Moreover, the Panel is of the opinion that Respondent is not making a legitimate noncommercial or fair use of the disputed domain name. In fact, Respondent is not making any use of the disputed domain name at all. According to the Panel, the passive holding or non-use of a domain name may, in appropriate circumstances, evidence of a lack of rights or legitimate interests in the disputed domain name (See Credit Agricole S.A. v. Dick Weisz, WIPO Case No. D2010-1683; American Home Products Corporation v. Ben Malgioglio, WIPO Case No. D2000-1602; Vestel Elektronik Sanayi ve Ticaret AS v. Mehmet Kahveci, WIPO Case No. D2000-1244; Paws, Inc. v. garlfieldonline.com, NAF Claim No. 97328; Victoria’s Secret et al v. This Domain Name For Sale, NAF Claim No. 96486).
Finally, Respondent did not reply to Complainant’s arguments and decided not to take part in the administrative proceedings. This is a further indication of the absence of rights or legitimate interests in the disputed domain name.
C. Registered and Used in Bad Faith
Complainant must prove on the balance of probabilities both that the disputed domain name was registered in bad faith and that it is being used in bad faith (See e.g. Telstra Corporation Limited v. Nuclear Marshmallows, WIPO Case No. D2000-0003; Control Techniques Limited v. Lektronix Ltd, WIPO Case No. D2006-1052).
Paragraph 4(b) of the Policy provides a non-exclusive list of factors, any one of which may demonstrate bad faith. Among these factors demonstrating bad faith registration and use are circumstances indicating that the respondent registered or acquired the domain name primarily for the purpose of selling, renting, or otherwise transferring the domain name registration to the complainant who is the owner of the trademark or service mark or to a competitor of that complainant, for valuable consideration in excess of your documented out-of-pocket costs directly related to the domain name, and the registration of the domain name in order to prevent the owner of the trademark or service mark from reflecting the mark in a corresponding domain name, provided that the respondent has engaged in a pattern of such conduct. The passive holding of a domain name can constitute bad faith use, especially when combined with other factors such as the respondent preventing a trademark or service mark holder from reflecting its mark in a corresponding domain name, the failure of the respondent to respond to the complaint, inconceivable good faith use, etc. (See e.g., Telstra Corporation Limited, supra; Myer Stores Limited v. Mr. David John Singh, WIPO Case No. D2001-0763).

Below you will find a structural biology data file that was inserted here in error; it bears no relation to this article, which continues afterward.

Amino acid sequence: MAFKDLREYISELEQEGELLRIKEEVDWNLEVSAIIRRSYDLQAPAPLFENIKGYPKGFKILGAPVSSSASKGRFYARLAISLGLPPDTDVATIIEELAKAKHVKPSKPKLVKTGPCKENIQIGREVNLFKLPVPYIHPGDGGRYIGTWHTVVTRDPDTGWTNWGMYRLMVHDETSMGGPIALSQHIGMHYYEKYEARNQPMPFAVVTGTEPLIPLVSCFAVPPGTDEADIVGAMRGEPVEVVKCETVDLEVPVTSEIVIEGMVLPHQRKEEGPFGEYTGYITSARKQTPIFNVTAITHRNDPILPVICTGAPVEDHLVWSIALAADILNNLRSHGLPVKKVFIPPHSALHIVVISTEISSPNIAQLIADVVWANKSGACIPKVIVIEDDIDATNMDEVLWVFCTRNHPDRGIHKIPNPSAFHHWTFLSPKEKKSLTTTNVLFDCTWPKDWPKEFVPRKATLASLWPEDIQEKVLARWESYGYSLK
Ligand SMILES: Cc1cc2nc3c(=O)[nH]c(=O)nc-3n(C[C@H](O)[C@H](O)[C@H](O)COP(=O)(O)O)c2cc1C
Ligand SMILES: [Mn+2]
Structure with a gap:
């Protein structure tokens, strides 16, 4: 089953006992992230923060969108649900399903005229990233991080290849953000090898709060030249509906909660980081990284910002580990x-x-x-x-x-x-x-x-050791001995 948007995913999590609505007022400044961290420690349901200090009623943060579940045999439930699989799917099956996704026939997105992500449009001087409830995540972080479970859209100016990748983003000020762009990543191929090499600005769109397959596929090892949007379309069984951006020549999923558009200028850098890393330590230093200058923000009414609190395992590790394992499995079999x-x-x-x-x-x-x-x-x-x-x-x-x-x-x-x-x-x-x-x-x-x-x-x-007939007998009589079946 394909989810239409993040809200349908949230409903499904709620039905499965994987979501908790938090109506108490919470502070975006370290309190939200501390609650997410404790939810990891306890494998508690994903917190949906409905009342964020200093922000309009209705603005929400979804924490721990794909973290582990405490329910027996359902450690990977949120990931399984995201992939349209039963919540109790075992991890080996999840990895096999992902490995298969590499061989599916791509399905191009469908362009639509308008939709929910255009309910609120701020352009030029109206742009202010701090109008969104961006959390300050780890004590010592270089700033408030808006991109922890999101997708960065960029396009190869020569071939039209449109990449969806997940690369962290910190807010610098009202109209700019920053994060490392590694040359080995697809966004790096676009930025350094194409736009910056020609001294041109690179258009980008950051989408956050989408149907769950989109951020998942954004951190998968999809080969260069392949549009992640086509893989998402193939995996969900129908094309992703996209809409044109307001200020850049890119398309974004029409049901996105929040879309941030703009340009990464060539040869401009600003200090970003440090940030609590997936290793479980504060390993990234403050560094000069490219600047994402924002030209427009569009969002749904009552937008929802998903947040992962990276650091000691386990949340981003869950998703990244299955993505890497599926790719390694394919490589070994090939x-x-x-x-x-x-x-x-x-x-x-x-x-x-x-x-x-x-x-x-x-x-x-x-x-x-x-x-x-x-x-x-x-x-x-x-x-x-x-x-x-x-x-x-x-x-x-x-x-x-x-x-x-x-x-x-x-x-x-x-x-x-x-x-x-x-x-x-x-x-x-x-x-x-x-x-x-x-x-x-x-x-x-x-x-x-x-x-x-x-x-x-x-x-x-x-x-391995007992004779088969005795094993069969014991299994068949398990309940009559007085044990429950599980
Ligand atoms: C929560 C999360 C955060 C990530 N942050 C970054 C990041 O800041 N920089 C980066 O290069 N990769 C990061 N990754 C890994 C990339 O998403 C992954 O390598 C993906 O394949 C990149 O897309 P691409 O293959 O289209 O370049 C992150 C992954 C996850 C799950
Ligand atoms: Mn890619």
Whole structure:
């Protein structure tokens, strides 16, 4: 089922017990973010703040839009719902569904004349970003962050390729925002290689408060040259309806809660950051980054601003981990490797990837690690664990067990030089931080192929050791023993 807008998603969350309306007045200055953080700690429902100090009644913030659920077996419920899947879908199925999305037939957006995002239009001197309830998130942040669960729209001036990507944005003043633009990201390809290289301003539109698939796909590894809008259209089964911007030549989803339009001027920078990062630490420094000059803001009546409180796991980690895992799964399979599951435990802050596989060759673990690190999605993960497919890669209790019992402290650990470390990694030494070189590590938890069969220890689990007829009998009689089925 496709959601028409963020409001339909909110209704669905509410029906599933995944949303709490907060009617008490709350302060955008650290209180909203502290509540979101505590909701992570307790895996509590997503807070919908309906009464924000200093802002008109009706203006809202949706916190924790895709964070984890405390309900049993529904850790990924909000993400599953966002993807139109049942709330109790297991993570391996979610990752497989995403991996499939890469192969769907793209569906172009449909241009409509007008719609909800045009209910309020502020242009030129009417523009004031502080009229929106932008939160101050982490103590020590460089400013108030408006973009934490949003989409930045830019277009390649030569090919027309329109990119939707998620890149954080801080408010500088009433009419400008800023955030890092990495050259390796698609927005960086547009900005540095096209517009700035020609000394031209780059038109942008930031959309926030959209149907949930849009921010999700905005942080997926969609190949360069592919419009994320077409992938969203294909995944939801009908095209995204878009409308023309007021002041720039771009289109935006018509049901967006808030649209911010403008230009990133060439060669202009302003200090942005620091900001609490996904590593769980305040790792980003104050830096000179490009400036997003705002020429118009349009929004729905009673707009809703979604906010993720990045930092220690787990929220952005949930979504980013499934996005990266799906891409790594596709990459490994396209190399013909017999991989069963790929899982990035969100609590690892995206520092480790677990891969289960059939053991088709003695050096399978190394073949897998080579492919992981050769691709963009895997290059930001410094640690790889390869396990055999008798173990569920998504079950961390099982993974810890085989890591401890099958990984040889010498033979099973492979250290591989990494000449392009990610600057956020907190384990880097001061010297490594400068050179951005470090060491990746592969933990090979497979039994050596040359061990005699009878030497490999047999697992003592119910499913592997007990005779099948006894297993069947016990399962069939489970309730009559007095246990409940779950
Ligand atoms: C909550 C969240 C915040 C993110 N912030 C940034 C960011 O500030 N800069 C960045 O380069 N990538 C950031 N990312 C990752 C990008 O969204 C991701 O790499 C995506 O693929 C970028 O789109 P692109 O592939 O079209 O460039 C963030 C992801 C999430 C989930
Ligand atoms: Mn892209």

In the present case, Respondent is passively holding the disputed domain name and failed to respond to the complaint, while it is inconceivable to this Panel that Respondent was unaware of Complainant and its trademark rights when it registered the disputed domain name. This is shown by the fact that the disputed domain name is composed of the LIU.JO trademark in its entirety together with non-distinctive elements that are related to the clothing business in which Complainant is active. Hence, it is apparent that Respondent had Complainant in mind when registering the disputed domain name.
Finally, the Respondent has registered several domain names containing well-known third parties’ trademarks in the field of fashion including <calvinkleinoutlet.eu>, <chaneloutlet.eu>, <dioroutlet.eu> which appear to have been registered with the goal to be sold. According to the Panel, this evidences bad faith registration and use pursuant to paragraph 4(b)(i) and (ii) of the Policy.
Therefore, the Panel finds that, on the balance of probabilities, it is sufficiently shown that the disputed domain name was registered and is being used in bad faith.
For the foregoing reasons, in accordance with paragraphs 4(i) of the Policy and 15 of the Rules, the Panel orders that the disputed domain name <liujooutlet.com> be transferred to the Complainant.
Flip Jan Claude Petillion
Date: September 9, 2013